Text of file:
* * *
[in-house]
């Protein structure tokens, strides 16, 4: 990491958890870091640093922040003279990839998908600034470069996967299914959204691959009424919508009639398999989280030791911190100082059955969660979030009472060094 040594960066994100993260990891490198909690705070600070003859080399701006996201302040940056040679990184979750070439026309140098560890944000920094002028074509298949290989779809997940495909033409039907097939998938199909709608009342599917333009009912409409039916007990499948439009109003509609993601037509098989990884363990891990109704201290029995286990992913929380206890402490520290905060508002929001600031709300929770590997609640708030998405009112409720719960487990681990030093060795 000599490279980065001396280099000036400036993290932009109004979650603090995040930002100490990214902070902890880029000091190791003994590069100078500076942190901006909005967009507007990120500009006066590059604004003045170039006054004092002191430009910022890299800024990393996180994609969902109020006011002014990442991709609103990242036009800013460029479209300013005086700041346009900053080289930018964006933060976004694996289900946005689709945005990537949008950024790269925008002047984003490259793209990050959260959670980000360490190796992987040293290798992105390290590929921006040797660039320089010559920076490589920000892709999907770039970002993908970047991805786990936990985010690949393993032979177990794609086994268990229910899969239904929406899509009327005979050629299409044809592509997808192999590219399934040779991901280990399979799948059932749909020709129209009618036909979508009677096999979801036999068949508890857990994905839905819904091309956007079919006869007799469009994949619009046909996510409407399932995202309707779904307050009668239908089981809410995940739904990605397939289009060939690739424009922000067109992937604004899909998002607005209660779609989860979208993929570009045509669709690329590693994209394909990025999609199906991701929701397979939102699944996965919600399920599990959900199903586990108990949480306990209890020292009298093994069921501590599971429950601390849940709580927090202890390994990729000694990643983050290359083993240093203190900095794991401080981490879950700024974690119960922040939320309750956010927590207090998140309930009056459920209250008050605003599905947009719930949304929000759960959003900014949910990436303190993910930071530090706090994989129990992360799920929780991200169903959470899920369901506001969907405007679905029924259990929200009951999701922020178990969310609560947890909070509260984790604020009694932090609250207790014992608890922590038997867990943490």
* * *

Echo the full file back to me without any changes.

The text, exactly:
[in-house]
């Protein structure tokens, strides 16, 4: 990491958890870091640093922040003279990839998908600034470069996967299914959204691959009424919508009639398999989280030791911190100082059955969660979030009472060094 040594960066994100993260990891490198909690705070600070003859080399701006996201302040940056040679990184979750070439026309140098560890944000920094002028074509298949290989779809997940495909033409039907097939998938199909709608009342599917333009009912409409039916007990499948439009109003509609993601037509098989990884363990891990109704201290029995286990992913929380206890402490520290905060508002929001600031709300929770590997609640708030998405009112409720719960487990681990030093060795 000599490279980065001396280099000036400036993290932009109004979650603090995040930002100490990214902070902890880029000091190791003994590069100078500076942190901006909005967009507007990120500009006066590059604004003045170039006054004092002191430009910022890299800024990393996180994609969902109020006011002014990442991709609103990242036009800013460029479209300013005086700041346009900053080289930018964006933060976004694996289900946005689709945005990537949008950024790269925008002047984003490259793209990050959260959670980000360490190796992987040293290798992105390290590929921006040797660039320089010559920076490589920000892709999907770039970002993908970047991805786990936990985010690949393993032979177990794609086994268990229910899969239904929406899509009327005979050629299409044809592509997808192999590219399934040779991901280990399979799948059932749909020709129209009618036909979508009677096999979801036999068949508890857990994905839905819904091309956007079919006869007799469009994949619009046909996510409407399932995202309707779904307050009668239908089981809410995940739904990605397939289009060939690739424009922000067109992937604004899909998002607005209660779609989860979208993929570009045509669709690329590693994209394909990025999609199906991701929701397979939102699944996965919600399920599990959900199903586990108990949480306990209890020292009298093994069921501590599971429950601390849940709580927090202890390994990729000694990643983050290359083993240093203190900095794991401080981490879950700024974690119960922040939320309750956010927590207090998140309930009056459920209250008050605003599905947009719930949304929000759960959003900014949910990436303190993910930071530090706090994989129990992360799920929780991200169903959470899920369901506001969907405007679905029924259990929200009951999701922020178990969310609560947890909070509260984790604020009694932090609250207790014992608890922590038997867990943490």